Oman Reborn: Balancing tradition and modernization
COPENHAGEN - Professor Linda Pappas Funsch has written a well documented book on Oman, revealing her skillful talent and an enterprising academic capacity. It is an essay that could easily be titled: Pride and progress in Oman.
The author traces the history of independence, legacy of interaction with diverse cultures, and enlightened modern leadership. This leadership has transformed the country in less than fifty years from an isolated kingdom to a stable, dynamic, and largely optimistic country. The skilled architect of modern Oman, is sultan, Qaboos bin Said, friend to both East and West, whose unique leadership style has resulted in both domestic and foreign policy achievements during his almost five decades in office.
Before 1970, Omani people across the nation as well as those who had felt compelled to leave their homeland in search of education and opportunity elsewhere, were waiting for a leader who would take them on a journey towards progress and prosperity. Sultan Qaboos assured them he was that leader, and so it has proved. With his military and academic background and comprehensive knowledge of his country’s history, Qaboos understood not only the role Omanis have played over the centuries but also their potential to transform their land from the sleepy, isolated desert backwater it had become, once again into a thriving and forward looking nation. It was essential, he decided, to channel the country’s human and material resources towards a single goal - the development of the modern Omani individual.
The Omani leader pointed out: “The achievements in various spheres are all aimed at realizing one noble goal - the building of the modern Omani who believes in God and is committed to maintaining his own identity, while keeping abreast of the technology, sciences, literature and arts of the age in which he lives, and reaping the benefits of modem civilization in building his country and developing his society.”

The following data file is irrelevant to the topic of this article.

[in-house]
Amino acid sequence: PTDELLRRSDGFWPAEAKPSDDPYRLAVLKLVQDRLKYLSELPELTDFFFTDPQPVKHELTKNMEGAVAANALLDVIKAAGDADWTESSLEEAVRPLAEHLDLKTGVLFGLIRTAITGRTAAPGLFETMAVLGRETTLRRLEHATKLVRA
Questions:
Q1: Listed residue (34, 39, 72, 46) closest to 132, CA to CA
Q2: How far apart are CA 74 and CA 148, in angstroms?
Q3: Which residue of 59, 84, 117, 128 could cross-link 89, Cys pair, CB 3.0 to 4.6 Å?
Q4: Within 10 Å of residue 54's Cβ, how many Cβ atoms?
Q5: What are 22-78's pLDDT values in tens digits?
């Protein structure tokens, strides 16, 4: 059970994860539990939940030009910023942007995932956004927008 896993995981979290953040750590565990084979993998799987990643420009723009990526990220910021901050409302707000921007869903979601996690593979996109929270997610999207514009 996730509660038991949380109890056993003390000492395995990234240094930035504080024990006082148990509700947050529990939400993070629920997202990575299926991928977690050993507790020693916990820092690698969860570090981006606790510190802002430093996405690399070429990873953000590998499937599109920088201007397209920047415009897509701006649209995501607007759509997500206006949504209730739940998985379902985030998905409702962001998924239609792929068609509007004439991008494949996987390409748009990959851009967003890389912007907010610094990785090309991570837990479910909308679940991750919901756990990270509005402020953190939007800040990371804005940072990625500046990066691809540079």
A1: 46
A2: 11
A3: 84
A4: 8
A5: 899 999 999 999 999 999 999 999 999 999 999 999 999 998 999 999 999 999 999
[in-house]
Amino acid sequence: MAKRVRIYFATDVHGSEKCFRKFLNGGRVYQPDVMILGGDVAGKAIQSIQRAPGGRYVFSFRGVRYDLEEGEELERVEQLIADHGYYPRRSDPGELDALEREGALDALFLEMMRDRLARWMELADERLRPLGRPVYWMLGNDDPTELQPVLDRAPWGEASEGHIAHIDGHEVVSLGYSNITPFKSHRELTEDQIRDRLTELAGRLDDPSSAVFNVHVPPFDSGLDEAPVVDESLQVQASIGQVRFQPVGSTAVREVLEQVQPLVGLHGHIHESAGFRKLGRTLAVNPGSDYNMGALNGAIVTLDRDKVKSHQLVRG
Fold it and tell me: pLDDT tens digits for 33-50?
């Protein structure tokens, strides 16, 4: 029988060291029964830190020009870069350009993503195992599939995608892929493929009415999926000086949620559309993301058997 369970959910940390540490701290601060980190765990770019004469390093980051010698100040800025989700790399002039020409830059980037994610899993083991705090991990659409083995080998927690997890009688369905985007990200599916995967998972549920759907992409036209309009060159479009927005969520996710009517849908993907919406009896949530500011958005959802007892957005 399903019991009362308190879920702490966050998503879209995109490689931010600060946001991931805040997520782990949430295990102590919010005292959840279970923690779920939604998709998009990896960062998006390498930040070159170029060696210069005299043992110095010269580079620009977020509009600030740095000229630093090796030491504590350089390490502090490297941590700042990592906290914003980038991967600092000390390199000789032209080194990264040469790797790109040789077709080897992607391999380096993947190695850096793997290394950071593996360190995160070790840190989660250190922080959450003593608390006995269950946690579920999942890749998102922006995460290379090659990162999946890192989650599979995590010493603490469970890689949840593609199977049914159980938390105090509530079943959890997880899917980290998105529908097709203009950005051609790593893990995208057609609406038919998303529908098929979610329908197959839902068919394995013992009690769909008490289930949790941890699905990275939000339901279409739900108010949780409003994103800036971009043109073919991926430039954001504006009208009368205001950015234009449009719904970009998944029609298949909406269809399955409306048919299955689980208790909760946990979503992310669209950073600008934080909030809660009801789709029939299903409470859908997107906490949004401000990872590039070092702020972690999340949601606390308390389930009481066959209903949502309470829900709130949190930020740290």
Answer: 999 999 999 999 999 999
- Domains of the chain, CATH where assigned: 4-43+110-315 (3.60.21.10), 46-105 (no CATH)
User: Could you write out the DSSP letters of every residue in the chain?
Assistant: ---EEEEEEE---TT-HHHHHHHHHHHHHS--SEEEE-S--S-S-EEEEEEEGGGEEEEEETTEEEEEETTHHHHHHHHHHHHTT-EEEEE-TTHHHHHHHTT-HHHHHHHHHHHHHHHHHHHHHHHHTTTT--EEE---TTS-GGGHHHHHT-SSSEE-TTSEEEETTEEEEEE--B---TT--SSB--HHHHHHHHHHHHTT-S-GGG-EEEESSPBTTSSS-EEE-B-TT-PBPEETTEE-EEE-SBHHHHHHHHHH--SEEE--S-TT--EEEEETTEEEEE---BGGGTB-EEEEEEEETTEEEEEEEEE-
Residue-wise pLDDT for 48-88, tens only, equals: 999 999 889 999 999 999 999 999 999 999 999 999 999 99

From the moment Qaboos assumed the reins of power on July 23, 1970, he dedicated himself to the nation and people of Oman with the words: “The land of Oman and its people are in my heart and in my thoughts, and the job I have taken on is a duty, not at a ceremonial honour.”
Oman Reborn is also a personal account of how the author fell in love with the country during her first visit in 1974, and how she continued to follow its developments with great interest before returning in 2006, some 32-years later.
The book illustrates how the Sultan has used his discrete foreign policy to successfully defuse tensions between Washington and Tehran after the Iranian government arrested three Americans in different situations. The Omani diplomatic efforts behind the scenes have also proved quite effective in releasing other hostages in areas of conflict.
Rather than mediating, Qaboos's preferred role appears to be that of a go-between, in which he responds to requests to third parties to help defuse tensions rather than attempting to mediate between the opposing parties.
Professor Pappas-Funsch has efficiently managed to reach a larger audience conveying the uniqueness and integrity of Oman within the Arab world, and the genuine respect it has gained from the international community.
The author is a specialist in modern Middle East studies and Islamic history. She has studied, worked, and travelled extensively throughout the region. A freelance writer, consultant, and educator for more than forty years, she lectures frequently about Oman at scholarly symposia and institutions such as the World Bank, the World Affairs Council, and Georgetown University. Book by Professor Linda Pappas Funsch Publisher: Palgrave MacMillan Dr. Hussein Shehadeh is a journalist and a lecturer on Arab culture and society. He has resided in Scandinavia for more than fifty years. During that period he made various visits to Oman.